Bilateral Invasive Orbital Metastases from a Poorly Differentiated Large Cell Neuroendocrine Carcinoma of the Esophagus
Artículo de revista
Interdisciplinary Journal of Gastroenterology, Hepatology and Endoscopy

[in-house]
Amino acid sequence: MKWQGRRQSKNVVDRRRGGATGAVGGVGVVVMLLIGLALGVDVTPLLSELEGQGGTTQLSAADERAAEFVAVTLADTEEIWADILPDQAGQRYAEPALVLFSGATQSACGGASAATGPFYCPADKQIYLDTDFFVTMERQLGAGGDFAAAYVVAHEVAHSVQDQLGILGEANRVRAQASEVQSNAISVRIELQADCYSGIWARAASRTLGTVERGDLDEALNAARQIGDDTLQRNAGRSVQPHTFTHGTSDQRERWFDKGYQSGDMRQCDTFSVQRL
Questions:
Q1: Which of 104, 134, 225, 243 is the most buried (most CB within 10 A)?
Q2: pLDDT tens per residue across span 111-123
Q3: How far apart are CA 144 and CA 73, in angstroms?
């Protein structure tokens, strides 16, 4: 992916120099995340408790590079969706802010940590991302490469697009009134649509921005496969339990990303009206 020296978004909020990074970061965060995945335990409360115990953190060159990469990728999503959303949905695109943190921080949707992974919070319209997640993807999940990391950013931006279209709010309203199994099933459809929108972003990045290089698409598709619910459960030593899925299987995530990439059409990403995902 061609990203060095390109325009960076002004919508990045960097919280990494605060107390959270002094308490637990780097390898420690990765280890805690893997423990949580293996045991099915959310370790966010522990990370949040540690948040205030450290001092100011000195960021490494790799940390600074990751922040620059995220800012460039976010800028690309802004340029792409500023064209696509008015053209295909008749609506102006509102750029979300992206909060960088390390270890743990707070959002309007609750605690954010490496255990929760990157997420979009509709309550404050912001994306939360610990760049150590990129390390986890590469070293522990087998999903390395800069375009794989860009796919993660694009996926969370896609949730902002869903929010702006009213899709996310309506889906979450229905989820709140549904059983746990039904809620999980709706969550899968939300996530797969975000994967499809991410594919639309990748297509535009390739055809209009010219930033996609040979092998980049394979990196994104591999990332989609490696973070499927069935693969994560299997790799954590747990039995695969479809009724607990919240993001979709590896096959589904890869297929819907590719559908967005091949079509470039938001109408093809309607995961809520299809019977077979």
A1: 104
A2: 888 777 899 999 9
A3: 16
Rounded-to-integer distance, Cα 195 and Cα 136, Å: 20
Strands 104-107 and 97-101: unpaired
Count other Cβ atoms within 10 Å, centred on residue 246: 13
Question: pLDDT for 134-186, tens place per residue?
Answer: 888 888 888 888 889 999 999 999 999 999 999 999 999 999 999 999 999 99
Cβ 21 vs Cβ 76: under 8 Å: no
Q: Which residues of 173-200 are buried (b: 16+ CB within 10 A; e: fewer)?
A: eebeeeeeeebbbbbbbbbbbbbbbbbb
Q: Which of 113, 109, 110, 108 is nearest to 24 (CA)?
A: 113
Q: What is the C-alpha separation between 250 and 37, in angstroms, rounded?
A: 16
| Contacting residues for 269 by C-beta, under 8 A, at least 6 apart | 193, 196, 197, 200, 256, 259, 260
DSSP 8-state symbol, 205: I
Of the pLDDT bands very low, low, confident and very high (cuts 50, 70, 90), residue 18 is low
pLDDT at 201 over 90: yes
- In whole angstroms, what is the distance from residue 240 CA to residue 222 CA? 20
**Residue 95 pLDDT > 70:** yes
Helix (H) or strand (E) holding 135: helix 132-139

We report a case of a 62-year-old man presenting with a right eye tumor and retinal detachment. A magnetic resonance imaging (MRI) of the skull showed hyperintense bilateral orbital masses exhibiting an intraocular component and an extraconal component in the right eye measuring 21.8 x 23.2 mm. Immunohistochemistry studies and histopathology results of our patient following right orbital exenteration confirmed a large cell neuroendocrine carcinoma. A positron emission tomography-computed tomography (PET/CT) scan was performed in an attempt to identify the primary origin detecting a metabolically active tumor located in the distal esophagus and metastases to the bone, liver, pancreas, left kidney, mesentery, abdominal, mediastinal and left axillary lymph nodes, choroid of the left eye and lumbar soft tissues. An upper endoscopy revealed an esophageal infiltrating mass. Immunohistochemical staining confirmed a poorly differentiated, large cell neuroendocrine carcinoma.
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